Saturday, May 21

UK, US & 12 Other Nations Share ‘Concerns’ Over WHO COVID-19 Origin Study

Fourteen countries, including the United Kingdom, the United States, Denmark and other European countries, said they shared “concerns” about the recent study convened by the World Health Organization (WHO) on the origins of COVID-19.

The international mission, which included 17 Chinese experts and 10 international experts, recently released a joint report following their month-long trip to China earlier this year.

They concluded that the most likely introduction of COVID-19 into the human population was through an “intermediate host” animal and said the likelihood of the coronavirus being introduced through a “laboratory incident” was “extremely unlikely.”

But London, Washington and several other capitals said they had “shared concerns” about the team’s report convened by the WHO.

Governments said the study was “significantly overdue” and said the expert team “lacked access to original and complete data and samples.”

“Scientific missions such as these should be able to do their work under conditions that produce independent and objective findings and recommendations,” the joint statement said.

The declaration was signed by the governments of Australia, Canada, the Czech Republic, Denmark, Estonia, Israel, Japan, Latvia, Lithuania, Norway, the Republic of Korea, Slovenia, the United Kingdom and the United States.

WHO Director General Dr Tedros Adhanom Ghebreyesus told member states that the expert team had “voiced the difficulties they encountered in accessing the raw data.” He added that to understand the first cases, scientists would benefit from biological samples from at least September 2019.

“I hope that future collaborative studies will include a more complete and timely exchange of data,” said Dr. Tedros.

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In a tweet, UK Foreign Secretary Dominic Raab said the statement “supported a transparent, independent and science-led investigation into the origins of COVID-19” and highlighted concerns about the WHO study. .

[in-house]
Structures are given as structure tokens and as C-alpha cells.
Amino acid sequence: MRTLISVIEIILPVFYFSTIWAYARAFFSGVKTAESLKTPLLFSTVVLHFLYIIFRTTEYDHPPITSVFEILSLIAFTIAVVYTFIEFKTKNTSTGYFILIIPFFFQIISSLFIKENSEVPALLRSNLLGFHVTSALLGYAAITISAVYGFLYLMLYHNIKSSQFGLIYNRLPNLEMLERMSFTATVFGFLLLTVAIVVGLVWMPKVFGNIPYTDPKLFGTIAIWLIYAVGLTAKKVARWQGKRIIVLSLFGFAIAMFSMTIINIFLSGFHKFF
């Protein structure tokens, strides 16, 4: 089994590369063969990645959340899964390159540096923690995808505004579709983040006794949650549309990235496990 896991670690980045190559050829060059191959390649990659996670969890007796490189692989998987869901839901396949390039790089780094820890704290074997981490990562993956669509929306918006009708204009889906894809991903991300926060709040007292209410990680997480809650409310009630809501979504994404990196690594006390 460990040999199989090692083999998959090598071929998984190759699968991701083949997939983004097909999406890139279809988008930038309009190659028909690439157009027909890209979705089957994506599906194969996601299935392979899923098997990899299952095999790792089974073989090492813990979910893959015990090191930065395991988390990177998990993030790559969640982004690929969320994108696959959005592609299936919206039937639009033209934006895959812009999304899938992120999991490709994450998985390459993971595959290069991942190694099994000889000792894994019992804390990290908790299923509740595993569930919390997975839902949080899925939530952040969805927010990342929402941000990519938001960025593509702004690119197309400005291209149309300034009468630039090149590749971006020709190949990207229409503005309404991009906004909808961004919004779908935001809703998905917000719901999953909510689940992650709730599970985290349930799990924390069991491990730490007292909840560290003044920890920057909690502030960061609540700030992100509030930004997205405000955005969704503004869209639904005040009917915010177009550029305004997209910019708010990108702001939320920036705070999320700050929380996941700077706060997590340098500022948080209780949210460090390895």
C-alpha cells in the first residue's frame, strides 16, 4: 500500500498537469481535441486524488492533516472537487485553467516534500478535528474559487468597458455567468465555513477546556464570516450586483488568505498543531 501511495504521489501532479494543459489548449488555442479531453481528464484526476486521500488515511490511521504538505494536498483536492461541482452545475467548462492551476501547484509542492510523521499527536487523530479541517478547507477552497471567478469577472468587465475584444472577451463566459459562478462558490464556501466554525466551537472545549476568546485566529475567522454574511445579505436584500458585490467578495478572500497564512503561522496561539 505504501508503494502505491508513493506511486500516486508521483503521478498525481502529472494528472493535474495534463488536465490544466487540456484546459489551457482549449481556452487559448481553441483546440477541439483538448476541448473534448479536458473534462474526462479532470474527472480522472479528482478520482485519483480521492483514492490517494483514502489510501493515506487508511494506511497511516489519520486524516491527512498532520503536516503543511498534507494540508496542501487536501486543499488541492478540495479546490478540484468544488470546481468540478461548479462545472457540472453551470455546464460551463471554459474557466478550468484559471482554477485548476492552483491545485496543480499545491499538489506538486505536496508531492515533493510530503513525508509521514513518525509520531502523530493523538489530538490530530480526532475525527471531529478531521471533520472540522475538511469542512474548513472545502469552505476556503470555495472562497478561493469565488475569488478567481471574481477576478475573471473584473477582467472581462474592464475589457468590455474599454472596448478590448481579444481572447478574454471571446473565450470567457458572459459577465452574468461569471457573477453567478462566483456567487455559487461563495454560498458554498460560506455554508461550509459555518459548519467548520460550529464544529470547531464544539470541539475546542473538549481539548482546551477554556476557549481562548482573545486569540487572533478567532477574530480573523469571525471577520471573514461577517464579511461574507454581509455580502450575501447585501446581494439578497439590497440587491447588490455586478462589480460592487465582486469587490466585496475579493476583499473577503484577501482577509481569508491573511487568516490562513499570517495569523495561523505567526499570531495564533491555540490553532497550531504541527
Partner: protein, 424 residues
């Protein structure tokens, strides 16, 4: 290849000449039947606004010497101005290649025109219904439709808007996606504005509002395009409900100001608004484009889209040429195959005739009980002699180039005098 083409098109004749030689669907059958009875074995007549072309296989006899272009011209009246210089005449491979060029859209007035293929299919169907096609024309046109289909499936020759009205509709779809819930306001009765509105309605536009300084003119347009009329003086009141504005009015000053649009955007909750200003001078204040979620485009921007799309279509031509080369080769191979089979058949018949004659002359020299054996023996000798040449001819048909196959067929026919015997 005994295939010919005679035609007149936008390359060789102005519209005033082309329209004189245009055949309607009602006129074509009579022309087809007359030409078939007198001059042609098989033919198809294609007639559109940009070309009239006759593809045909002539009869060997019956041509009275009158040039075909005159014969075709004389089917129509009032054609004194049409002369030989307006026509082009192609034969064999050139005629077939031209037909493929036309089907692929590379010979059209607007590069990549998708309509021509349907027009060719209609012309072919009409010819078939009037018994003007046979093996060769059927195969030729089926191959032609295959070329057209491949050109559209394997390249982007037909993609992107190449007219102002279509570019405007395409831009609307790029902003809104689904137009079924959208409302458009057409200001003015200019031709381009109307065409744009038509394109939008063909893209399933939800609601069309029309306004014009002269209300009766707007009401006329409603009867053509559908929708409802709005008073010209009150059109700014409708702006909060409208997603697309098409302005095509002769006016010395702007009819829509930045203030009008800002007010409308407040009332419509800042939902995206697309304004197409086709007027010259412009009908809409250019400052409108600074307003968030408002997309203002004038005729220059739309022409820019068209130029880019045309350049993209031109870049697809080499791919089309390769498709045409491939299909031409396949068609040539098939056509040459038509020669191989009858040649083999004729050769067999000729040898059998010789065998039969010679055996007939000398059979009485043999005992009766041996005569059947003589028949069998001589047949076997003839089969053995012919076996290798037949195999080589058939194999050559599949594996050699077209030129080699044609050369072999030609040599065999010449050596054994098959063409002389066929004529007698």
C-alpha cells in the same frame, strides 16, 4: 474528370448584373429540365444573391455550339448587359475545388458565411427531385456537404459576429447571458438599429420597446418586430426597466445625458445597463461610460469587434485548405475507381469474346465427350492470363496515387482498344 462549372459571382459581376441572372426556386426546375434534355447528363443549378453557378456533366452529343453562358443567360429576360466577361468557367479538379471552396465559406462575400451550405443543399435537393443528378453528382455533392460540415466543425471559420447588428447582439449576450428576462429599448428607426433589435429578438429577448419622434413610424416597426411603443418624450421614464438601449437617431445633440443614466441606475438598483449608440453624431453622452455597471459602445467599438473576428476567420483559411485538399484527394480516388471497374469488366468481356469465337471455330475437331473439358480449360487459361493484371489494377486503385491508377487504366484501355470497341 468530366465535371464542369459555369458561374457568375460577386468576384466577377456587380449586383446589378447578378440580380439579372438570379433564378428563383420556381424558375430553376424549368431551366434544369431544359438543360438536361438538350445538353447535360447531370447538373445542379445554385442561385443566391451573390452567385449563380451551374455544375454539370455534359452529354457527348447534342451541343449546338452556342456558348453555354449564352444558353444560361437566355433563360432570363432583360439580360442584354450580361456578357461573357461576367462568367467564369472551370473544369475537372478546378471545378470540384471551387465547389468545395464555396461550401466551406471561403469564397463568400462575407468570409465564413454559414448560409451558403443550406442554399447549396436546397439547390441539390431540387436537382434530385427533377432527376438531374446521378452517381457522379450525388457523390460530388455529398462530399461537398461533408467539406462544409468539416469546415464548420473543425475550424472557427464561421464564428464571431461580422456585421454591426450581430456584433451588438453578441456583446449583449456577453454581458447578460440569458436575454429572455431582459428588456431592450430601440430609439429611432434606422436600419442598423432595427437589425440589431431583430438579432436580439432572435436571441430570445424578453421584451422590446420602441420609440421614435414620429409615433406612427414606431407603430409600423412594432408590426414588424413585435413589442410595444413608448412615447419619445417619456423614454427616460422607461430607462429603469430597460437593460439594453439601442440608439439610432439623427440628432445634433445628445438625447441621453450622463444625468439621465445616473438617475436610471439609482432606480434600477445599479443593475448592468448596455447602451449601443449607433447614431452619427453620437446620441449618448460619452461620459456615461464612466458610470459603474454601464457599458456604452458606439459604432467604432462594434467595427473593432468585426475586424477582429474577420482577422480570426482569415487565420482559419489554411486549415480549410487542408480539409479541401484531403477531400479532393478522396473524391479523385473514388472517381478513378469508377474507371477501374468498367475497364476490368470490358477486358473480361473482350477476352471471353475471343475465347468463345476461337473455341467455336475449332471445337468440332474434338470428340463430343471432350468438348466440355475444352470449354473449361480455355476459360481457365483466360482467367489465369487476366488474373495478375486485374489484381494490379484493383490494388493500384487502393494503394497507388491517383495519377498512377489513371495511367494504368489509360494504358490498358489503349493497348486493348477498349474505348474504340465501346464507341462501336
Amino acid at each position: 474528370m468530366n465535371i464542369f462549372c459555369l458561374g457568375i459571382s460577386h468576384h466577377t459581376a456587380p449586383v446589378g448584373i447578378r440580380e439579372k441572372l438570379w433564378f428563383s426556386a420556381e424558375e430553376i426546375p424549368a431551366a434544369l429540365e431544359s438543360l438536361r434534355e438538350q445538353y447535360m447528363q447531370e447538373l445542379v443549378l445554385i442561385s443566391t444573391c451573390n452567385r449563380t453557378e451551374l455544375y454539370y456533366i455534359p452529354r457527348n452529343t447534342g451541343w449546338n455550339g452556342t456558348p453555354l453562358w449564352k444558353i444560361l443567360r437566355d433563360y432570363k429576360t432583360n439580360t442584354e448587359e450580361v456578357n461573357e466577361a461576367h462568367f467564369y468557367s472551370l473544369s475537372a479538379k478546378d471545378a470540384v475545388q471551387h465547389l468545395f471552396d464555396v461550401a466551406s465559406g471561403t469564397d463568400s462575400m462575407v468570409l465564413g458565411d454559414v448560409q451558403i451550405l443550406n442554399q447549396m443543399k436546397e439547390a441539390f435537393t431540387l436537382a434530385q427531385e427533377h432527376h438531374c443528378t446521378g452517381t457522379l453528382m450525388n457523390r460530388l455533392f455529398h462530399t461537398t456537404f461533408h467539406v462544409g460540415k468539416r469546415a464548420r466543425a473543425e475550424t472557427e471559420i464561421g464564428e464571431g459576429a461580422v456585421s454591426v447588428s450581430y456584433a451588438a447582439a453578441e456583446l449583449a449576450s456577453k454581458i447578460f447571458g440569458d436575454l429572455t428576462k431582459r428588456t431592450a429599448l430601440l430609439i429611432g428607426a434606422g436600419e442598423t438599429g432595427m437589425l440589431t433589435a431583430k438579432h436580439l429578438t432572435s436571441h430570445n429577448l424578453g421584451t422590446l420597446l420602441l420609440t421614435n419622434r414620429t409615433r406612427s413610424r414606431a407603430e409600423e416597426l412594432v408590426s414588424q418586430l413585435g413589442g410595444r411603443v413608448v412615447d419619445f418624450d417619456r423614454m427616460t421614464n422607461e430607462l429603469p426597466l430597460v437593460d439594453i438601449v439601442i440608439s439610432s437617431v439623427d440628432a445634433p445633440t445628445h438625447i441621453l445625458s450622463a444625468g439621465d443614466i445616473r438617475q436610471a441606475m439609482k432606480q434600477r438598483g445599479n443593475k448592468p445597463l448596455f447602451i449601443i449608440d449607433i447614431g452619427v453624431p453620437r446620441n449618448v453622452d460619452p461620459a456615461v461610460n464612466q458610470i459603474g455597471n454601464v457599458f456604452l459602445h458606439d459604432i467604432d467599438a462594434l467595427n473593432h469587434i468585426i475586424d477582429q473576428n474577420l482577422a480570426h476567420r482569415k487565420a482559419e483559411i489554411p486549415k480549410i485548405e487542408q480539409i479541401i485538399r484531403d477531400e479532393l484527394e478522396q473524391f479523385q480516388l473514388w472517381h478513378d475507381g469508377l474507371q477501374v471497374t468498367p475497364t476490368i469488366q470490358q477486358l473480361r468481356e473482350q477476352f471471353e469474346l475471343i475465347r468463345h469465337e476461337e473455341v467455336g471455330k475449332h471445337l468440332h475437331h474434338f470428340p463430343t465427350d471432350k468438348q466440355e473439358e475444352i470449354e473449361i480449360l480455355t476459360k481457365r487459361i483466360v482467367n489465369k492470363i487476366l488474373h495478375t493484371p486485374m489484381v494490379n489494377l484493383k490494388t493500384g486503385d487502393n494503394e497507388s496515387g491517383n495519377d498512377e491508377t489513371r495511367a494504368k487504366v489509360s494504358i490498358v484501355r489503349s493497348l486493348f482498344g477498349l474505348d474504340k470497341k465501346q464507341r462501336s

“We call for a renewed commitment to access and transparency without delay,” Raab said.

US Secretary of State Antony Blinken had expressed his concerns about the WHO study in an interview with CNN before the report was released.

“We have real concerns about the methodology and process that went into that report, including the fact that the Beijing government apparently helped draft it, but let’s see what comes out in that report,” Blinken told CNN.

“Our focus should be on building a stronger system for the future,” he added.

The joint statement said member states should support the World Health Organization and encouraged more research on animals.

It states that “a rapid, independent, expert-led, and unhindered assessment of origins is critical” to protect people against future pandemics.

Dr. Tedros said the study was “a very important start” but that all hypotheses were still on the table.

“We have not yet found the source of the virus, and we must continue to follow the science and leave no stone unturned as we do,” he said.

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